-----How the count works-----
Participants in the Northern Hemisphere will look for the constellation Cygnus, while those in the Southern Hemisphere will look for Sagittarius. They will then match their observations with
magnitude charts downloaded from the Great World Wide Star Count Web site (see below). The site contains instructions for finding the constellations and other event details, and it links to background about astronomy on the Windows to the Universe Web site.
Participants may make observations outside their homes or go to less developed areas where more stars are visible. Those in overcast areas who cannot see stars will be able to input data about cloud conditions instead.
Bright outdoor lighting at night is a growing problem for astronomical observing programs around the world. By searching for the same constellations in their respective hemispheres, participants in the Great World Wide Star Count will be able to compare their observations with what others see, giving them a sense of how star visibility varies from place to place. The observers will also learn more about the economic and geographic factors that control light pollution in their communities and around the world.
"Last year's results showed a strong correlation between dense development, where there is a lot of light, and a lack of star visibility," Ward says. "Without even being aware of it, many of us have lost the ability to see many stars at night. Part of our goal is getting people to look up and regain an appreciation of the night sky."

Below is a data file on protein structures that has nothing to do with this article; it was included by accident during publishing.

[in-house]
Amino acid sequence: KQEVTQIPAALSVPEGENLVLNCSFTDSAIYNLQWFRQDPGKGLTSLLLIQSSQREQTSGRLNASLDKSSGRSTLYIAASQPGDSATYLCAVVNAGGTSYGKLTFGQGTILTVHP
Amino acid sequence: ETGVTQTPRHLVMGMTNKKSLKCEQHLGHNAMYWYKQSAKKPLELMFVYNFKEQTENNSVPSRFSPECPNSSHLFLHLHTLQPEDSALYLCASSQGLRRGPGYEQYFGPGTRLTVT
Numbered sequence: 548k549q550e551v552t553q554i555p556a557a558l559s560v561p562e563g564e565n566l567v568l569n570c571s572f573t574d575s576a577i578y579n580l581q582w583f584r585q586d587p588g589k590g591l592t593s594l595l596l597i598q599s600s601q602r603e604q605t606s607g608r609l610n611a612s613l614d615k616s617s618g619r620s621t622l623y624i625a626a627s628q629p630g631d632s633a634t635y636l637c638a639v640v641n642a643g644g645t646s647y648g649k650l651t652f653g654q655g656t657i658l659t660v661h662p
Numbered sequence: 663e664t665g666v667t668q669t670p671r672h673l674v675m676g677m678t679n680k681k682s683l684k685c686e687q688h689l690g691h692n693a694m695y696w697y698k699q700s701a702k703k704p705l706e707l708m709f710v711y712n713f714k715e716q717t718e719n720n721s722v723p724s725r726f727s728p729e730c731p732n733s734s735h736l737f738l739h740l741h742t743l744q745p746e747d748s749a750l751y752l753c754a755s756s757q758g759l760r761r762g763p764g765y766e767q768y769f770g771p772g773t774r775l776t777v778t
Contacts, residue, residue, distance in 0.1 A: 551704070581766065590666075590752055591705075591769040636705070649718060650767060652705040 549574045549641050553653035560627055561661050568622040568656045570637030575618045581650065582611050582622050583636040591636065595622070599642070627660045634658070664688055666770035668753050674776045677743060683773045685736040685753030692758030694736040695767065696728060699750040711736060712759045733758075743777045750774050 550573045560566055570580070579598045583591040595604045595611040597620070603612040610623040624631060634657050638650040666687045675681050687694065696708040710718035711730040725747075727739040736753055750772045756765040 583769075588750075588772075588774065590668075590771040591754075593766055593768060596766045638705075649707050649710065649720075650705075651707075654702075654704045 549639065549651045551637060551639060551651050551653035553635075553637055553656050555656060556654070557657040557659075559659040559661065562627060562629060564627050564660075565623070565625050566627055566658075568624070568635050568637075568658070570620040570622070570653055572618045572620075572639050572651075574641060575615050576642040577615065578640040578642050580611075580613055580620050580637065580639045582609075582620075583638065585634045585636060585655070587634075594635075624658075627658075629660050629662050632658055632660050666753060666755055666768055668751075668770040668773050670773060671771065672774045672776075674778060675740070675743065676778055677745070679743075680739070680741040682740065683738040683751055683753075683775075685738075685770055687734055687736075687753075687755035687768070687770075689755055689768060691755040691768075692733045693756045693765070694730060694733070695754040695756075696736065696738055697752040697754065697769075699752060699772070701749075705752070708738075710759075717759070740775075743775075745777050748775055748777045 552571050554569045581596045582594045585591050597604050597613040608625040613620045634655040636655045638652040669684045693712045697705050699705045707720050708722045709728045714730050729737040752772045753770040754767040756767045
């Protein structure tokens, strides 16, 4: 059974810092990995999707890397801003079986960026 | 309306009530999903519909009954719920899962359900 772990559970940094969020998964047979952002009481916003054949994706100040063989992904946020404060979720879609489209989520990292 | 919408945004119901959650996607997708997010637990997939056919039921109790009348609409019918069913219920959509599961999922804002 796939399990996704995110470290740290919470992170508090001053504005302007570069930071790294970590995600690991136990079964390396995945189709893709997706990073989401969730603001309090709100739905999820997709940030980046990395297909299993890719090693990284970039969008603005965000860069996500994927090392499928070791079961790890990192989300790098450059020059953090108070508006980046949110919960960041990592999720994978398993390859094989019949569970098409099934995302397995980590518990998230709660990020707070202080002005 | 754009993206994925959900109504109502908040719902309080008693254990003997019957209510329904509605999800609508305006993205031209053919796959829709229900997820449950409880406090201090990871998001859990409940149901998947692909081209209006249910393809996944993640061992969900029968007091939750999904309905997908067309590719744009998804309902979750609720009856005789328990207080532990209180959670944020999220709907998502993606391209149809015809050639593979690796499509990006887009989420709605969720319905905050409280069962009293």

Tuesday, October 14, 2008
- Why does Open Access matter to you?
- How did you first become aware of it?
- Why should scientific and medical research be an open-access resource for the world?
- What do you do to support Open Access, and what can others do?
Friday, October 3, 2008
By Roger Highfield, Science Editor, The Telegraph
"An impoverished surfer has drawn up a new theory of the universe, seen by some as the Holy Grail of physics, which has received rave reviews from scientists."
Advancing Science through Conversations: Bridging the Gap between Blogs and the Academy -- PLoS Biology, 6(9): e240
"Scientific discovery occurs in the lab one experiment at a time, but science itself moves forward based on a series of ongoing conversations, from a Nobel Prize winner's acceptance speech to collegial chats at a pub. When these conversations flow into the mainstream, they nurture the development of an informed public who understand the value of funding basic research and making evidence-based voting decisions. It is in the interests of scientists and academic institutions alike to bring these conversations into the public sphere."